Nomenclature of Carbon Compounds Containing Functional Groups
We have millions of organic compounds. As number of organic compound is very big it is difficult to remember their names individually.To overcome this problem they have to be properly named. For this, the International Union of Pure and Applied Chemistry (IUPAC) had been formed, and one of its responsibilities is to name the organic and inorganic compounds in a systematic order. The basic idea behind the systematic nomenclature is that there should be only one name for the given structure
throughout the world and also there should be only one structure for the given name.
IUPAC stands for International Union of Pure and Applied Chemistry. IUPAC names are used for International communication. Rules for IUPAC Naming of Organic Compounds :
(i) Select the possible longest chain containing the functional group.
, longest chain contains 5 carbon atoms.
, longest chain contains 4 carbon atoms.
(ii) The number of carbon atoms in the parent compounds is denoted by proper prefix :
Meth for one eth for two Prop for three
but for four pent for five hex for six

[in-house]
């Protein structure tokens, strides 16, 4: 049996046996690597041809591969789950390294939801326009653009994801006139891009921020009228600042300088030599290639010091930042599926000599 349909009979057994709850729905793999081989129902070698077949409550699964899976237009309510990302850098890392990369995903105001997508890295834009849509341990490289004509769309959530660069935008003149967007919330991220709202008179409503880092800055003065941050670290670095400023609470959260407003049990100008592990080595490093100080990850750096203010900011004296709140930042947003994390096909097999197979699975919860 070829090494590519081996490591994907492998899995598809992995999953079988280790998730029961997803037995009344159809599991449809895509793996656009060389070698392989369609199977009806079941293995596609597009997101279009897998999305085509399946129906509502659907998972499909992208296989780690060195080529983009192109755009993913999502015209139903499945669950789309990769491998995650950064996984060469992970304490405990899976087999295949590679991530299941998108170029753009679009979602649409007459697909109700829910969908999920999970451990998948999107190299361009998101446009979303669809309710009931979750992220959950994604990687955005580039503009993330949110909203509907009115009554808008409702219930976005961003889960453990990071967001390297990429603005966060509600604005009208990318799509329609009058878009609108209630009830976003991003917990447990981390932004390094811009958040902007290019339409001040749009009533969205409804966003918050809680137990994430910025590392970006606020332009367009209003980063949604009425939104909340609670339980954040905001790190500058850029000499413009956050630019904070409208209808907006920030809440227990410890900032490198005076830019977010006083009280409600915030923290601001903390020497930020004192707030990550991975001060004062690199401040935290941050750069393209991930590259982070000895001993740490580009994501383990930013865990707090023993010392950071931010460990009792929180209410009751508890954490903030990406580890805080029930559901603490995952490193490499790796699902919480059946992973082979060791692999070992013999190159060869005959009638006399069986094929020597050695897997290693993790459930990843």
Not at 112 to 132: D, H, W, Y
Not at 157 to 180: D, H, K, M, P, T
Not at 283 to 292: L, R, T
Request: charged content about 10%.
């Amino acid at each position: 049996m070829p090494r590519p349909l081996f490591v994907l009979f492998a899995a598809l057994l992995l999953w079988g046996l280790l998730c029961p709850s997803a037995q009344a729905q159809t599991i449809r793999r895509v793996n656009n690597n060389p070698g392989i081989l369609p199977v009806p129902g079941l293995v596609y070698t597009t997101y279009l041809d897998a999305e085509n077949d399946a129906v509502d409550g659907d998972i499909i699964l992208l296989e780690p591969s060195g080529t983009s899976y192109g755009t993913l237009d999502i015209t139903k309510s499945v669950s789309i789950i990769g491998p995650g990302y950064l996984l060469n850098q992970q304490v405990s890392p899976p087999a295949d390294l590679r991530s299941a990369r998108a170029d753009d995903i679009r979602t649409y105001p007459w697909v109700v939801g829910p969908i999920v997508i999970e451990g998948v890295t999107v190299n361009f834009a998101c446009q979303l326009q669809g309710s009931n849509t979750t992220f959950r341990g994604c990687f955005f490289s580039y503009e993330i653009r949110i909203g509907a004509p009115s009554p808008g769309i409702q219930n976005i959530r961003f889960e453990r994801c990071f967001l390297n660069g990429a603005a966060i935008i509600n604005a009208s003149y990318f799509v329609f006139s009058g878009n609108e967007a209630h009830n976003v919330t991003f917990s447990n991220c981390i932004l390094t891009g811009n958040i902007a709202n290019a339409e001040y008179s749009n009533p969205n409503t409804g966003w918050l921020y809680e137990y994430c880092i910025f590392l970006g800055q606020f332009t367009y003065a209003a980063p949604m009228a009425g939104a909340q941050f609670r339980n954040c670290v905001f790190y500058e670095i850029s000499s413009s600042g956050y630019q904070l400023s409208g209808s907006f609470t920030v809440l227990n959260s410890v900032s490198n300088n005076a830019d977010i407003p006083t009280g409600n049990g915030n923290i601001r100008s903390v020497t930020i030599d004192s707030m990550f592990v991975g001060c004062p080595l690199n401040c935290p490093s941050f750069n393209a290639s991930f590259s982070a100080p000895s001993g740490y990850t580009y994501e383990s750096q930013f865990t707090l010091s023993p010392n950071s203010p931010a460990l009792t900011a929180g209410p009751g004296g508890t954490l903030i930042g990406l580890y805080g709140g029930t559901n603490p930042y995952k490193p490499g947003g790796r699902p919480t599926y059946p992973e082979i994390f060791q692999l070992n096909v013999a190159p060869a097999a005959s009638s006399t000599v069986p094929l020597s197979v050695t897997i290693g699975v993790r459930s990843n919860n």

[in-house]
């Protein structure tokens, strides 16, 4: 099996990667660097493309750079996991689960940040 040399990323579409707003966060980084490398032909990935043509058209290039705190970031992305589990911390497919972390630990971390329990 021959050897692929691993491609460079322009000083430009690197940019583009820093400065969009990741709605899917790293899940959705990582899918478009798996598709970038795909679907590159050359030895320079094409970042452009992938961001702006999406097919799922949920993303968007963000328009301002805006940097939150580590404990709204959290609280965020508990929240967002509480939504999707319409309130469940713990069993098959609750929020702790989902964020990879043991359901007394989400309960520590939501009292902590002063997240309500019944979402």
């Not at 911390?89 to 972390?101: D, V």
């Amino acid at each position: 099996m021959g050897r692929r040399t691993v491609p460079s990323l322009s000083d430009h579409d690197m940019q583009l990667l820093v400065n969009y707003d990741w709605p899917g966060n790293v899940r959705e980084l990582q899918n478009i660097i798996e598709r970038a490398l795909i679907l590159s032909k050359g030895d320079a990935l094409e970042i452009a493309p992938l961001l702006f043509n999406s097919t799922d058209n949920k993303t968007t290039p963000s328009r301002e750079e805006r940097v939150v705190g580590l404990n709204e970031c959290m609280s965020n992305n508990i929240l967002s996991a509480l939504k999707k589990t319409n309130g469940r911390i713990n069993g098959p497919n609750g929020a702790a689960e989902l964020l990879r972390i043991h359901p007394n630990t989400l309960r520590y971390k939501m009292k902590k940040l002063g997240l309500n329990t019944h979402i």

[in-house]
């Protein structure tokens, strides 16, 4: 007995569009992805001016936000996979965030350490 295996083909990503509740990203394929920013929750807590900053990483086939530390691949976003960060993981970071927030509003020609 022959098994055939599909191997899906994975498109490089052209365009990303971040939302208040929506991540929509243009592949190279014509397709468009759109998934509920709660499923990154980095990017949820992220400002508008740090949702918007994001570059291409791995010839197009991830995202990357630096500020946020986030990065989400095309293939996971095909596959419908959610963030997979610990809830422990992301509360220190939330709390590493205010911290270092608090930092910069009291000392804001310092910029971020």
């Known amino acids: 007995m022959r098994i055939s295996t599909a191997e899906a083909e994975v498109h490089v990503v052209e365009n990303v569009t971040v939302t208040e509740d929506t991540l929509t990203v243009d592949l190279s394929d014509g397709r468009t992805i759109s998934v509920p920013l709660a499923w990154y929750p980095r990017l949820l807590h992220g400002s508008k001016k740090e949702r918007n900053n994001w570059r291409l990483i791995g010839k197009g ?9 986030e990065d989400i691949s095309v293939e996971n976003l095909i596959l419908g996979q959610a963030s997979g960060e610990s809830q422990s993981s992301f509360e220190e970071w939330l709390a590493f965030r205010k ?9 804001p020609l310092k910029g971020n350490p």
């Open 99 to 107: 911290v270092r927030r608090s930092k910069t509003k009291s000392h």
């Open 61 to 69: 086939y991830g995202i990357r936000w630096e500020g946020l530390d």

hept for seven oct for eight non for nine
e.g., in CH3–CH2–CH2–CH2–CH2–CH3 the parent chain contains 6 Carbon atoms, it is called
Hexane. ane is the suffix for alkanes (saturated hydrocarbons) having single bonds only.
(iii) Groups attached to the parent chain are indicated by their names and prefixing the number of carbon to which they are attached in parent chain.
Alkyl group CH3— is called methyl
has general C2H5—is called ethyl
formula CnH2n+1 CH3CH2CH2— is called n-propyl
is called 2-methylpropane because methyl group is attached to second carbon atom.
(iv) The counting of carbon chain is done in such a way that the carbon attached to the alkyl group or functional group gets the minimum number, e.g.,
is 2-methylbutane and not 3-methylbutane.
(v) If more than one identical groups are attached to same or different carbon atoms, prefix the numbers of carbon to which they are attached. The number of these groups are indicated as : di for two, tri for three, tetra for four and so on, e.g.
2, 2-dimethylpropane because there are two methyl groups (dimethyl) and both are attached to second carbon therefore 2, 2-dimethylpropane because parent carbon chain contains three carbon atoms Similarly,
is 2, 3-dimethylbutane
(vi) For double bond in alkenes suffix-ene, for triple bond suffix-yne is used in alkynes. In alkenes and alkynes, number of carbon atoms after which double or triple bond is present is also prefixed, e.g.,
is but-2-ene because double bond is after second carbon atom.